October 2, 2022


Health's Like Heaven.

Needs tips on identifying what’s killing azaleas? Ask an expert

4 min read

We’re deep into fall and gardening is winding down, but there are still things you’re wondering about. If you’ve got questions, turn to Ask an Expert, an online question-and-answer tool from Oregon State University’s Extension Service. OSU Extension faculty and Master Gardeners reply to queries within two business days, usually less. To ask a question, simply go to the OSU Extension website and type in a question and the county where you live. Here are some questions asked by other gardeners. What’s yours?

Q: Is it safe to put dead and dying azalea in the yard trash bin? I’ve lost six bushes so far and another is in trouble. I know they need to come out.

Is there any word yet on how to stop it? When I trim out the dead branches or take them out completely can I safely plant new ones in their place in the spring? – Benton County

A: Sorry to hear you are having problems with your azaleas. To answer your first question: Yes, you can throw it in the trash. You could also put it in a commercial compost bin because these will be processed with a high-temperature method that kills most diseases.

There are several directions you could go to determine the problem and determine if you can plant new ones in the same location.

The first hint is that you have lost six bushes. So, the problem will most probably continue in any new plantings. Here are questions to ask yourself as you determine what to plant in this area:

Is it the environment (too much/little sun, moisture, competition from the roots of surrounding plants, etc.) or the soil (too much/little acid, diseases in the soil, moles eating roots…) or insects or plant diseases?

I have had all these issues with a row of azaleas that I planted, so I know your pain!

Here and here are lists of what to look for, possible diseases or pests, and best environment for growing azaleas.

I hope this helps you to make a good decision regarding what to plant in this area next spring. – Ann Kinkley, OSU Extension Master Gardener

Conifers suffer from drought

File photo by Dave Shaw/OSU Extension ServiceLC-

Q: We have about 20 conifers in our backyard and many of them have dead limbs toward the bottom of the trunks. They are not next to houses and we are not bothered by the aesthetics of the dead branches. Is there any reason to take out these dead limbs? Or to let them be? – Washington County

A: In general, it’s recommended to remove dead, diseased, or damaged branches on conifers. If the branches are in your way they can also be removed.

If you don’t see obvious disease or oozing sap, it’s likely OK to leave the branches as long as they are not a safety hazard. The dead branches will eventually fall off as they would in a forest setting.

If you choose to prune, here and here are pruning guides for conifers. – Weston Miller, OSU Extension horticulturist

Ask an expert

Hibiscus plantOSU Extension Service

Q: We have a hibiscus that has small egg sacks all over the leaves and branches. Can you tell me what they are and the best way to get rid of them? The hibiscus was on our back porch, but we brought it inside a few weeks ago. We just noticed the insects today. I have an insect killing soap and oil, but haven’t tried either choice yet, as I’m new at this. We’ve had the plant for 1.5 years. It lost a lot of leaves a few weeks ago in the cold, but it’s inside now recovering from the cold. – Washington County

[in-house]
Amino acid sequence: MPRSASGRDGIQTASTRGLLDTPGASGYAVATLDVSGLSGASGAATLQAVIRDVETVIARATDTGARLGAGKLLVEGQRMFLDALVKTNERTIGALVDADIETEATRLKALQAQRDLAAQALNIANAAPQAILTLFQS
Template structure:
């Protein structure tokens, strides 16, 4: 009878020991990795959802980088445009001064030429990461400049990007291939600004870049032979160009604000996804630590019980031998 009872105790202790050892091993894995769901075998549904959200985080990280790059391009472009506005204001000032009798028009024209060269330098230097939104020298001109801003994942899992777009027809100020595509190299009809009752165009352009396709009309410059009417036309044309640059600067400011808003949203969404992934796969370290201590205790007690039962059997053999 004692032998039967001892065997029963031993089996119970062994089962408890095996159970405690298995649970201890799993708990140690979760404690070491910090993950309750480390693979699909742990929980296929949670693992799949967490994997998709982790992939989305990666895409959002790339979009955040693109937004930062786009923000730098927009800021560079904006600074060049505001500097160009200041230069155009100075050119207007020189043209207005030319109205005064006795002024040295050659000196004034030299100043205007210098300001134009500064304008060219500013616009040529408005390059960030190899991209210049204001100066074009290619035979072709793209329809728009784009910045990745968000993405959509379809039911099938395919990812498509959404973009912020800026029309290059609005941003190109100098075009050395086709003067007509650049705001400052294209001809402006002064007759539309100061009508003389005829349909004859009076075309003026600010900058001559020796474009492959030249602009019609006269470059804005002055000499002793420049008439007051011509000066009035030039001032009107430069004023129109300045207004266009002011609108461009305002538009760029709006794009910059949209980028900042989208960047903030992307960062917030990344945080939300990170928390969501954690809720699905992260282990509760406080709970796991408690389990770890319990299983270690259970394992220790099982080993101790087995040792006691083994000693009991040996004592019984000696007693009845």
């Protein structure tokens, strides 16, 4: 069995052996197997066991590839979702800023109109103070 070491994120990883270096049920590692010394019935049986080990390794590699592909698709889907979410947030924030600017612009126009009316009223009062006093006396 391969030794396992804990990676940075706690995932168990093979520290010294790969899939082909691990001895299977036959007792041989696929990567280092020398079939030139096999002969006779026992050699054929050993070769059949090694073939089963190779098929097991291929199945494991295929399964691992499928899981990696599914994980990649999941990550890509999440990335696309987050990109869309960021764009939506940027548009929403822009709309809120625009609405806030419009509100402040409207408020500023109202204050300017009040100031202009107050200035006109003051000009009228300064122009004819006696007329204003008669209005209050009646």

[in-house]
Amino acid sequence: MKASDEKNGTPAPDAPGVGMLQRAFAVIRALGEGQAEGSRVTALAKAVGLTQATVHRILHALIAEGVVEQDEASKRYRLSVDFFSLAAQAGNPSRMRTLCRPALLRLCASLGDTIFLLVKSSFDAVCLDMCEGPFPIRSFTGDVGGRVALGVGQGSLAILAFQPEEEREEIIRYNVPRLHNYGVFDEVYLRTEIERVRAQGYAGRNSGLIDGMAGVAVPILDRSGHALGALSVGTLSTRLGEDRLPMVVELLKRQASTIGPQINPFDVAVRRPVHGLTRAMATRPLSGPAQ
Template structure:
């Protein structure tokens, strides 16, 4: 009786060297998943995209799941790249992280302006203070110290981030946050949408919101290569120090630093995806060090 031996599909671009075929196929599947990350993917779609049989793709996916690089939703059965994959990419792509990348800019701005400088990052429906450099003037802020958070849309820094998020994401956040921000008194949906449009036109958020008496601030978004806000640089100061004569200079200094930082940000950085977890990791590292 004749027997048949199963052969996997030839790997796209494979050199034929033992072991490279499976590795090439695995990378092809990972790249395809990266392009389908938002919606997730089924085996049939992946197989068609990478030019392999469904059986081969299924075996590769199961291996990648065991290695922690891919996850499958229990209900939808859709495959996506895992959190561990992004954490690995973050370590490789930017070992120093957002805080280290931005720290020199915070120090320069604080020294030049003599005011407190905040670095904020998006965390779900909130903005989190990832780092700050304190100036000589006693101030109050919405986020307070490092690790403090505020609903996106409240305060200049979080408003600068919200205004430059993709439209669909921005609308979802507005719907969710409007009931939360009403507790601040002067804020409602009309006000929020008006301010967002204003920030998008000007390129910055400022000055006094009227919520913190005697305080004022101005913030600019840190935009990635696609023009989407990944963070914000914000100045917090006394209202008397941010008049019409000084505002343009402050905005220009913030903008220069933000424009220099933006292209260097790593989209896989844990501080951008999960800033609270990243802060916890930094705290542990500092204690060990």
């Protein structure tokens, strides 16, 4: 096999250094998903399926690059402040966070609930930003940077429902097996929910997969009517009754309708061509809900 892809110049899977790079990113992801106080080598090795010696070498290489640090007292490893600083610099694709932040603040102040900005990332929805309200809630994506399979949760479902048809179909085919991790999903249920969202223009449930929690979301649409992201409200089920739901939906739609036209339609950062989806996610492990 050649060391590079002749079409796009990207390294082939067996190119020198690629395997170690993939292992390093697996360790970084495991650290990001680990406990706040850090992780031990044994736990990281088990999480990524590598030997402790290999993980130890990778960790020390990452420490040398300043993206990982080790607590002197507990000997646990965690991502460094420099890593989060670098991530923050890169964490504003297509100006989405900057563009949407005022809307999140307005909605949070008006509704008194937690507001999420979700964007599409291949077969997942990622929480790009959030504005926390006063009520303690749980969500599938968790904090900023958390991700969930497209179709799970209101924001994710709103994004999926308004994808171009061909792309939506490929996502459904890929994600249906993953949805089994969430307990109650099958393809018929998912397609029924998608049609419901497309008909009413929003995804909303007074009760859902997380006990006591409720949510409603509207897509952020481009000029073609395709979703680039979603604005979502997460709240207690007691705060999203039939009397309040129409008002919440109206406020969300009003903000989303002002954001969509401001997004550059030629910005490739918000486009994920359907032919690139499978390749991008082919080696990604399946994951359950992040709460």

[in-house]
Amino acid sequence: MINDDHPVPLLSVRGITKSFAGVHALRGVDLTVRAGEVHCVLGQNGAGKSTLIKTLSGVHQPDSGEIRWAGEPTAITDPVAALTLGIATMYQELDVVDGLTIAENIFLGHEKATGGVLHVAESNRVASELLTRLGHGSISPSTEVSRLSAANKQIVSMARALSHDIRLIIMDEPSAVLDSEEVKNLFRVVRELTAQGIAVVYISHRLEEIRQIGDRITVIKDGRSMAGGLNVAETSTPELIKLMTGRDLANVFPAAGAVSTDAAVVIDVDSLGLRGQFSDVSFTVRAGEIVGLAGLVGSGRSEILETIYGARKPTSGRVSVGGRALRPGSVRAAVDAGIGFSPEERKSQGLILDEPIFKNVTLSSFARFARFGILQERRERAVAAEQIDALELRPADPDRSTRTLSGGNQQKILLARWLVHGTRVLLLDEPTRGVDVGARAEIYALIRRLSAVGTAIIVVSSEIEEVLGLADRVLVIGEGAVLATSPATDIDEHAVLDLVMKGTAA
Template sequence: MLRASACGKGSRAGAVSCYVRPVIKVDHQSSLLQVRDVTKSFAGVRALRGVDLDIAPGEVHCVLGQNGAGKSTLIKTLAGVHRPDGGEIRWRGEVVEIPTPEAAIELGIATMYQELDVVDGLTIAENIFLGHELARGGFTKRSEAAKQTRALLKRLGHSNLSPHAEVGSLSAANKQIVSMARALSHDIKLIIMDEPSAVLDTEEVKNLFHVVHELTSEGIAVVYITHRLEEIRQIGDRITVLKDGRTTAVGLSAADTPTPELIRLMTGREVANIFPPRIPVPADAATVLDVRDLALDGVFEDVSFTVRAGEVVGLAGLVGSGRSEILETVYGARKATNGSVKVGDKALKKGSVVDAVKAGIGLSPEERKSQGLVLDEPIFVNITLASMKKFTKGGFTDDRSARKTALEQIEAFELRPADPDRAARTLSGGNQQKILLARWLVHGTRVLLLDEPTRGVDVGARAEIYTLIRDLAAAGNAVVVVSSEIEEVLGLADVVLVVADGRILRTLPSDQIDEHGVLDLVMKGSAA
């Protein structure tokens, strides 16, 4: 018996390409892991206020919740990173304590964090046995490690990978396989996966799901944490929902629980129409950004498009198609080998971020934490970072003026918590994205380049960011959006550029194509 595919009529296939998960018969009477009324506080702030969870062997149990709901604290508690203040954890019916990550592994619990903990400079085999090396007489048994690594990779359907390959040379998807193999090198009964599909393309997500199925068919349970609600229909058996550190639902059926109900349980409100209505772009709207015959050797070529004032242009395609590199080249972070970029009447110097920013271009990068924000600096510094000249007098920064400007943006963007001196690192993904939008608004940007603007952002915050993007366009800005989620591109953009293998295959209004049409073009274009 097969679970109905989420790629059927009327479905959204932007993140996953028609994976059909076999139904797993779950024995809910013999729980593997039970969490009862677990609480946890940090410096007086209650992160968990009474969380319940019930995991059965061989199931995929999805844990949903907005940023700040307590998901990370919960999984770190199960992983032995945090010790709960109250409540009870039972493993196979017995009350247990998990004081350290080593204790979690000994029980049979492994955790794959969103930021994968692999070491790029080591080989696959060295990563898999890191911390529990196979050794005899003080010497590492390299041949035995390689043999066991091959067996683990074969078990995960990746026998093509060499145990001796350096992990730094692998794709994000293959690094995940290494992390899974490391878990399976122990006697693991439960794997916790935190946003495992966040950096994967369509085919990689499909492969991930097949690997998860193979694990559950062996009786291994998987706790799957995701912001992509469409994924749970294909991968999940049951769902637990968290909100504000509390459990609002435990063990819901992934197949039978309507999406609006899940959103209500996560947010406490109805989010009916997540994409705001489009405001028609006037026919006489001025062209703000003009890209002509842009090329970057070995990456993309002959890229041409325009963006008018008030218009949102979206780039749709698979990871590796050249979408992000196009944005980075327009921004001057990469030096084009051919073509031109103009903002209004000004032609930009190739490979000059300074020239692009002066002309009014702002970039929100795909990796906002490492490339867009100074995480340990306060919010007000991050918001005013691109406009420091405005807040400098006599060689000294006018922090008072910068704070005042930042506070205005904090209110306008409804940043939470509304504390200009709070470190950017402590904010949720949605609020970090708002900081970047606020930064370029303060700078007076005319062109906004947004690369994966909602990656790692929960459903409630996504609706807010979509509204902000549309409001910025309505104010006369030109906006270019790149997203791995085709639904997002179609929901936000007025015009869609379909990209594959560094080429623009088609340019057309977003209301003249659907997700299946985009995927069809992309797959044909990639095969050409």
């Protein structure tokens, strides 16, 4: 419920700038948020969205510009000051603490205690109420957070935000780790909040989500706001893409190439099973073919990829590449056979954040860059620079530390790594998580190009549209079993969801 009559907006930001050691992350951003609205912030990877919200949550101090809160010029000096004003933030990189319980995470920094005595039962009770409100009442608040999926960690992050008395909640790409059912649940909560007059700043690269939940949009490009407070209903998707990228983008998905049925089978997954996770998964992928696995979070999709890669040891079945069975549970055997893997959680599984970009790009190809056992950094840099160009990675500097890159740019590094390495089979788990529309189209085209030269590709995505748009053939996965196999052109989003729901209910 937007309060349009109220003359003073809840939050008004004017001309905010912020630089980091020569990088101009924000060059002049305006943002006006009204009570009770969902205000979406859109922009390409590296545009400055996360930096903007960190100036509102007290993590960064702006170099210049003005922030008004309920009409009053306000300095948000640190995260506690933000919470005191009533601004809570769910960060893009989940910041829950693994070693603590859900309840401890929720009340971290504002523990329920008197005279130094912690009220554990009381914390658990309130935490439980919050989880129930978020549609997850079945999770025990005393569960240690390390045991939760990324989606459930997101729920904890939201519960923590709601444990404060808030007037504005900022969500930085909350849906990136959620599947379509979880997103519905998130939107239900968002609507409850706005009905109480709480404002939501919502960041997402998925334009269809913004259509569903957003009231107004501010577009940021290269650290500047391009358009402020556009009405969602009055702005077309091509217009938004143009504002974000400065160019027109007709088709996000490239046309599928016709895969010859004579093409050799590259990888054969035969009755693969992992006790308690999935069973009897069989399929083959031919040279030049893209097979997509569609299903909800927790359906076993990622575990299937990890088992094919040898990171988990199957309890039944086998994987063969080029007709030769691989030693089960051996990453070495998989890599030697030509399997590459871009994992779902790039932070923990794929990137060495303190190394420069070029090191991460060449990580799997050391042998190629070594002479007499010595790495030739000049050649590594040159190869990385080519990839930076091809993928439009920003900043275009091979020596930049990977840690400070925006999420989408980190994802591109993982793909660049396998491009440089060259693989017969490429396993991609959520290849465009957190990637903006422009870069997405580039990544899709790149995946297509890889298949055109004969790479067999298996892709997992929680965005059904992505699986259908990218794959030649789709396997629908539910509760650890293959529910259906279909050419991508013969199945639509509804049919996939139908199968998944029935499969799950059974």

A: Your shrub is a hardy hibiscus which, if planted in the ground would be fine outdoors throughout the winter. Hardy hibiscus is a deciduous plant; thus, the leaf loss is normal at this time of year.

However, because the shrub is growing in a pot, it is at risk of dying during one or more of the frosts that are yet to come. Frankly, that might be a good thing because then, you could start over with a healthy, fresh, plant next spring.

Do you see all those small bumps, both white and dark, on the backs of the leaves, also on all the branches? They are scales, small sucking insect pests which will gradually weaken the shrub and may kill it.

Then, too, the sticky stuff on the leaves and branches is honeydew, the excrement shed by scales as they feed on fluids they suck out of the plant.

Scale is very difficult to eradicate, especially on an indoor plant. You could start by hosing off the shrub to get rid of the sticky stuff. Then, continue by physically removing the scales from the leaves and stems. Use gloves and/or a paper towel or cloth to rub them off.

The bottom line is that it’s extremely difficult to get rid of all the scale because they hide in cracks and crevices you can’t get to. Applying a superior horticultural oil will help to eradicate the scale but will need to be used several times, according to label directions.

Frankly, I encourage you to chalk this up to a learning experience, then save yourself a lot of grief by getting rid of the plant now. Then, if you’ve enjoyed having this plant, you could start over with a healthy, fresh, plant next spring and plant it in a sunny spot in the garden where you can enjoy it.

This article on scales offers images and information about several different kinds of these small sucking insect pests. – Jean Natter, OSU Master Gardener Diagnostician

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